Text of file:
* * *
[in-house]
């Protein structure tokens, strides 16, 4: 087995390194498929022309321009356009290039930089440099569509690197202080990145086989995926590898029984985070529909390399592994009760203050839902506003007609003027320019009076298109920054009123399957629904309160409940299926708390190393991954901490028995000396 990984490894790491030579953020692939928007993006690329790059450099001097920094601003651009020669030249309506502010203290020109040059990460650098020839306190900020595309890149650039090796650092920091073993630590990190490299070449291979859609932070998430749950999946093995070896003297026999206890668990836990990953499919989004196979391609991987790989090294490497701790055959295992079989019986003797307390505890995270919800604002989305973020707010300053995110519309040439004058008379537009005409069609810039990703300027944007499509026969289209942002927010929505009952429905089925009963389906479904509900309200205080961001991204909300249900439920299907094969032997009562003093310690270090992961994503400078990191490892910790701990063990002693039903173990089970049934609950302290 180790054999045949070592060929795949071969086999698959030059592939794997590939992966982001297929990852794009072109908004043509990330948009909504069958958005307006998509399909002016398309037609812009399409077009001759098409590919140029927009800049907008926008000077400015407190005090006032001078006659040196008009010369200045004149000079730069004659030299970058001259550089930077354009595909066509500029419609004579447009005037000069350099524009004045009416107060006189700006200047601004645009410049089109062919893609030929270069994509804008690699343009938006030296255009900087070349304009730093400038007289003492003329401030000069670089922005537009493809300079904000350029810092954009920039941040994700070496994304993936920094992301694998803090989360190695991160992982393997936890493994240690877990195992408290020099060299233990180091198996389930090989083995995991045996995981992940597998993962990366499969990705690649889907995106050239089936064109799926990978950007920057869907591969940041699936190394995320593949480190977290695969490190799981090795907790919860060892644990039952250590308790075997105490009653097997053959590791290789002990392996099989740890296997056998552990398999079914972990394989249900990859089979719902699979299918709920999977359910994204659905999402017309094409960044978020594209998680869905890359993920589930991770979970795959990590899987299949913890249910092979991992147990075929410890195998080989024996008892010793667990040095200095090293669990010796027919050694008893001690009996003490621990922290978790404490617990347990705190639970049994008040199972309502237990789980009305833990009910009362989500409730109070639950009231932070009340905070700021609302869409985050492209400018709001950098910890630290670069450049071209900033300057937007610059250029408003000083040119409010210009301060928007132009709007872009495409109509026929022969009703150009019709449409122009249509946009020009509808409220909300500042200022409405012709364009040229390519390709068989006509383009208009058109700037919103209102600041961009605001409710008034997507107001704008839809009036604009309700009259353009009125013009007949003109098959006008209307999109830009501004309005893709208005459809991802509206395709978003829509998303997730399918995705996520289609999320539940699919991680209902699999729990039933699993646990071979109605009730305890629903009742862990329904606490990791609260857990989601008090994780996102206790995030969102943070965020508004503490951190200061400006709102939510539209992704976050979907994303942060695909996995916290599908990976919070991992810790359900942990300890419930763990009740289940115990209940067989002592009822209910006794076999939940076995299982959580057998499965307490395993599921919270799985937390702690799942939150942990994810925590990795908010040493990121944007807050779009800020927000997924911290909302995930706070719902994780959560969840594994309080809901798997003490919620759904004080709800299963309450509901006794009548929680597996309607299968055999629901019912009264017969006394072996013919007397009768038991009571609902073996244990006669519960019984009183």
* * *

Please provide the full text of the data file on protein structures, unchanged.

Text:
[in-house]
């Protein structure tokens, strides 16, 4: 087995390194498929022309321009356009290039930089440099569509690197202080990145086989995926590898029984985070529909390399592994009760203050839902506003007609003027320019009076298109920054009123399957629904309160409940299926708390190393991954901490028995000396 990984490894790491030579953020692939928007993006690329790059450099001097920094601003651009020669030249309506502010203290020109040059990460650098020839306190900020595309890149650039090796650092920091073993630590990190490299070449291979859609932070998430749950999946093995070896003297026999206890668990836990990953499919989004196979391609991987790989090294490497701790055959295992079989019986003797307390505890995270919800604002989305973020707010300053995110519309040439004058008379537009005409069609810039990703300027944007499509026969289209942002927010929505009952429905089925009963389906479904509900309200205080961001991204909300249900439920299907094969032997009562003093310690270090992961994503400078990191490892910790701990063990002693039903173990089970049934609950302290 180790054999045949070592060929795949071969086999698959030059592939794997590939992966982001297929990852794009072109908004043509990330948009909504069958958005307006998509399909002016398309037609812009399409077009001759098409590919140029927009800049907008926008000077400015407190005090006032001078006659040196008009010369200045004149000079730069004659030299970058001259550089930077354009595909066509500029419609004579447009005037000069350099524009004045009416107060006189700006200047601004645009410049089109062919893609030929270069994509804008690699343009938006030296255009900087070349304009730093400038007289003492003329401030000069670089922005537009493809300079904000350029810092954009920039941040994700070496994304993936920094992301694998803090989360190695991160992982393997936890493994240690877990195992408290020099060299233990180091198996389930090989083995995991045996995981992940597998993962990366499969990705690649889907995106050239089936064109799926990978950007920057869907591969940041699936190394995320593949480190977290695969490190799981090795907790919860060892644990039952250590308790075997105490009653097997053959590791290789002990392996099989740890296997056998552990398999079914972990394989249900990859089979719902699979299918709920999977359910994204659905999402017309094409960044978020594209998680869905890359993920589930991770979970795959990590899987299949913890249910092979991992147990075929410890195998080989024996008892010793667990040095200095090293669990010796027919050694008893001690009996003490621990922290978790404490617990347990705190639970049994008040199972309502237990789980009305833990009910009362989500409730109070639950009231932070009340905070700021609302869409985050492209400018709001950098910890630290670069450049071209900033300057937007610059250029408003000083040119409010210009301060928007132009709007872009495409109509026929022969009703150009019709449409122009249509946009020009509808409220909300500042200022409405012709364009040229390519390709068989006509383009208009058109700037919103209102600041961009605001409710008034997507107001704008839809009036604009309700009259353009009125013009007949003109098959006008209307999109830009501004309005893709208005459809991802509206395709978003829509998303997730399918995705996520289609999320539940699919991680209902699999729990039933699993646990071979109605009730305890629903009742862990329904606490990791609260857990989601008090994780996102206790995030969102943070965020508004503490951190200061400006709102939510539209992704976050979907994303942060695909996995916290599908990976919070991992810790359900942990300890419930763990009740289940115990209940067989002592009822209910006794076999939940076995299982959580057998499965307490395993599921919270799985937390702690799942939150942990994810925590990795908010040493990121944007807050779009800020927000997924911290909302995930706070719902994780959560969840594994309080809901798997003490919620759904004080709800299963309450509901006794009548929680597996309607299968055999629901019912009264017969006394072996013919007397009768038991009571609902073996244990006669519960019984009183």